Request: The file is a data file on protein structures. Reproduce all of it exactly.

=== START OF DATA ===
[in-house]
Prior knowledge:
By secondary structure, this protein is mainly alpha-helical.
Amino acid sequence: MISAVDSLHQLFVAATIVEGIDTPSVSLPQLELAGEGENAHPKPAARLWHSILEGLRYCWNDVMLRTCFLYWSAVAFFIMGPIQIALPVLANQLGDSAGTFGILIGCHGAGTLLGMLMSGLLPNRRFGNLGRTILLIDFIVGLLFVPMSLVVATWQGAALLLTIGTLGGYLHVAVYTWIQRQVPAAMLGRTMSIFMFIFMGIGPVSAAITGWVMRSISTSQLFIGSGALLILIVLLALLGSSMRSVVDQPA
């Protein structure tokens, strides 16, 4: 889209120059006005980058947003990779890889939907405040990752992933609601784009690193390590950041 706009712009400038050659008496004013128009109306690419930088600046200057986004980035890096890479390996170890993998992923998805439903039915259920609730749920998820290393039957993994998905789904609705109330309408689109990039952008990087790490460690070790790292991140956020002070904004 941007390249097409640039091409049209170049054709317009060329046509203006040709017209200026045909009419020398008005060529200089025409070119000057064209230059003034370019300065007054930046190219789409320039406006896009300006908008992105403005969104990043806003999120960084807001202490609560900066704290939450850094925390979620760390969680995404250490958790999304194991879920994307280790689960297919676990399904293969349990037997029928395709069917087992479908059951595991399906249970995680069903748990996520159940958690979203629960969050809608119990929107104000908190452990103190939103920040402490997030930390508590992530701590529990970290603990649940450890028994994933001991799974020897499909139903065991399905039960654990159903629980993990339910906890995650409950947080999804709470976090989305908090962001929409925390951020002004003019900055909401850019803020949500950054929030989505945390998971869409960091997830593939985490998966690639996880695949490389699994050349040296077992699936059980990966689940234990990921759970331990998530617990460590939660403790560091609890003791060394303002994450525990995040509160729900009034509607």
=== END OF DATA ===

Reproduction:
[in-house]
Prior knowledge:
By secondary structure, this protein is mainly alpha-helical.
Amino acid sequence: MISAVDSLHQLFVAATIVEGIDTPSVSLPQLELAGEGENAHPKPAARLWHSILEGLRYCWNDVMLRTCFLYWSAVAFFIMGPIQIALPVLANQLGDSAGTFGILIGCHGAGTLLGMLMSGLLPNRRFGNLGRTILLIDFIVGLLFVPMSLVVATWQGAALLLTIGTLGGYLHVAVYTWIQRQVPAAMLGRTMSIFMFIFMGIGPVSAAITGWVMRSISTSQLFIGSGALLILIVLLALLGSSMRSVVDQPA
């Protein structure tokens, strides 16, 4: 889209120059006005980058947003990779890889939907405040990752992933609601784009690193390590950041 706009712009400038050659008496004013128009109306690419930088600046200057986004980035890096890479390996170890993998992923998805439903039915259920609730749920998820290393039957993994998905789904609705109330309408689109990039952008990087790490460690070790790292991140956020002070904004 941007390249097409640039091409049209170049054709317009060329046509203006040709017209200026045909009419020398008005060529200089025409070119000057064209230059003034370019300065007054930046190219789409320039406006896009300006908008992105403005969104990043806003999120960084807001202490609560900066704290939450850094925390979620760390969680995404250490958790999304194991879920994307280790689960297919676990399904293969349990037997029928395709069917087992479908059951595991399906249970995680069903748990996520159940958690979203629960969050809608119990929107104000908190452990103190939103920040402490997030930390508590992530701590529990970290603990649940450890028994994933001991799974020897499909139903065991399905039960654990159903629980993990339910906890995650409950947080999804709470976090989305908090962001929409925390951020002004003019900055909401850019803020949500950054929030989505945390998971869409960091997830593939985490998966690639996880695949490389699994050349040296077992699936059980990966689940234990990921759970331990998530617990460590939660403790560091609890003791060394303002994450525990995040509160729900009034509607």